Little-known sci-fi fact: How a cheap bag of toys inspired D&D monsters

It really is amazing what a few cheap hunks of plastic from China can inspire. 

Today, the thing we call Dungeons & Dragons is a vast, ever-expanding fantasy universe of monsters, magic and mayhem that you can access with a few (or a few dozen) books, a character sheet and a 20-sided die. Back in the mid-1970s, though, even the most basic elements of D&D were still a work in progress. In addition to developing and testing the game's core rules and concepts, co-creator Gary Gygax was also working on another very important D&D element: monsters for his future adventurers to fight. While the game contains its share of classic monsters like orcs, giants and, of course, dragons, there was also a desire to create some new beasts and work them into the game. For that, Gygax apparently turned to a cheap dime-store bag of plastic "Prehistoric Animals." 

Because these little toys, made in Hong Kong, were not exactly scientifically accurate, they looked more like fantasy creatures than prehistoric life, so Gygax and original D&D playtester (and eventual Dragon magazine editor) Tim Kask used them to create some of the original Dungeons & Dragons monsters, including the legendary Owlbear.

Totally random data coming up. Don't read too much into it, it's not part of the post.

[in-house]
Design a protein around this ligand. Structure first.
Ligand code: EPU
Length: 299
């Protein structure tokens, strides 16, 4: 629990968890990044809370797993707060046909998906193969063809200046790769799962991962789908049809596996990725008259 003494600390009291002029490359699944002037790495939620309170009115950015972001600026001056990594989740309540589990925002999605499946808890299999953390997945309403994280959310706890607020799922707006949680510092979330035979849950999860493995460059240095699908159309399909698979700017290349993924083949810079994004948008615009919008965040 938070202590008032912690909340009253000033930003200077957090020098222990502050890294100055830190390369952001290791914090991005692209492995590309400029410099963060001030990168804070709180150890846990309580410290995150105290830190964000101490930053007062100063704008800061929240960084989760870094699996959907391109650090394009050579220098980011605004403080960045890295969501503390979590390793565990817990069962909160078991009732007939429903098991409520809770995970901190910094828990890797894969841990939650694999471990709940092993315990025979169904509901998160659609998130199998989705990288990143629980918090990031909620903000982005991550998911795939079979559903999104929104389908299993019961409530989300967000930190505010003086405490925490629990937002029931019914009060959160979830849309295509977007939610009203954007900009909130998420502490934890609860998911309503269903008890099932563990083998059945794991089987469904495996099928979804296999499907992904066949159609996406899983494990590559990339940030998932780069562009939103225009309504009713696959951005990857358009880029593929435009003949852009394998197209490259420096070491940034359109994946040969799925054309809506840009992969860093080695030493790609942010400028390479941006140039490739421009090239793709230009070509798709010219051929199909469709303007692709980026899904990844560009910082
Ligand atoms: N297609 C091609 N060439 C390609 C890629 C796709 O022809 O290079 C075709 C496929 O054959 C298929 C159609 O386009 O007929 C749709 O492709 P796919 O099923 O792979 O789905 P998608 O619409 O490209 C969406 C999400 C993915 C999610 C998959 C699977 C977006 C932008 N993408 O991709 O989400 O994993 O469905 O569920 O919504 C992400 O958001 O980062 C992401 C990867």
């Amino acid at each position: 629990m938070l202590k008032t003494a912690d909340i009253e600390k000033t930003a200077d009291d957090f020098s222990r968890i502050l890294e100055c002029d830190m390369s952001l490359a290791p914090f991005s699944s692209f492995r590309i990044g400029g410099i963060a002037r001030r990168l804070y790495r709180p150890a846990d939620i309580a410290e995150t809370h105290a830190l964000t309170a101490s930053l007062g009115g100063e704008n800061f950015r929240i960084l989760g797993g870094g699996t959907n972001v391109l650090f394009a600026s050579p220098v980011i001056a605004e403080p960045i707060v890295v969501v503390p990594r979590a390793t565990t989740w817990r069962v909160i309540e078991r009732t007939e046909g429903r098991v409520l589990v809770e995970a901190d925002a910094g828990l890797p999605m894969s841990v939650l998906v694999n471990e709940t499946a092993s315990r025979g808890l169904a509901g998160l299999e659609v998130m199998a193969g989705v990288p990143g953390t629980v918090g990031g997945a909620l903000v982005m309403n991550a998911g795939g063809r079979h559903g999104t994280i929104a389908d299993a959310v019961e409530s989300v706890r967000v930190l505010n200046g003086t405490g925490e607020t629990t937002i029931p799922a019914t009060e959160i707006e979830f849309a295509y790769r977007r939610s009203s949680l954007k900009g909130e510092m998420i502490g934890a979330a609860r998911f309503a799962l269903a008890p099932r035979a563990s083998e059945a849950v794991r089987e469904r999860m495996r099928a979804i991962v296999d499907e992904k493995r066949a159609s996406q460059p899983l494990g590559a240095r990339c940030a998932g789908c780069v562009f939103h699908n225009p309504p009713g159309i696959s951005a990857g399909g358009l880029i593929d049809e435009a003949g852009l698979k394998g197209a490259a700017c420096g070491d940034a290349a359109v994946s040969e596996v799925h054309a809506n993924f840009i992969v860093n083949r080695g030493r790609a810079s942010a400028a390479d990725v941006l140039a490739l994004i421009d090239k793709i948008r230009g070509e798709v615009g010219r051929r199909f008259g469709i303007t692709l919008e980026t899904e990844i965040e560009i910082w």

“There once was an unknown company in Hong Kong that made a bag of weird animal-things that were then sold in what once were called dime stores or variety stores for like $.99. I know of four other very early monsters based on them. Gary and I talked about how hard it was to find monster figures, and how one day he came upon this bag of weird beasts … He nearly ran home, eager as a kid to get home and open his baseball cards," Kask wrote on a D&D forum for collectors in 2007. "Then he proceeded to invent the carrion crawler, umber hulk, rust monster and purple worm, all based on those silly plastic figures. The one that I chose was known in the Greyhawk campaign as 'the bullet' (for it’s shape) but had only amorphous stats and abilities, not being developed. Gary told me to take it home, study it, and decide what it was and what it could do.”

So Kask developed the monster that would become the "Bulette," and Gygax got several other creatures out of that cheap bag of toys as well. The toys themselves are prized among collectors now, both for their D&D connection and their current rarity, but back then they were just a plastic launching pad for a small part of what's become the most famous role-playing game of all time. Check out a few side-by-side comparisons of toys to Monster Manual entries in the gallery below. 

(Via Tony DiTerlizzi)

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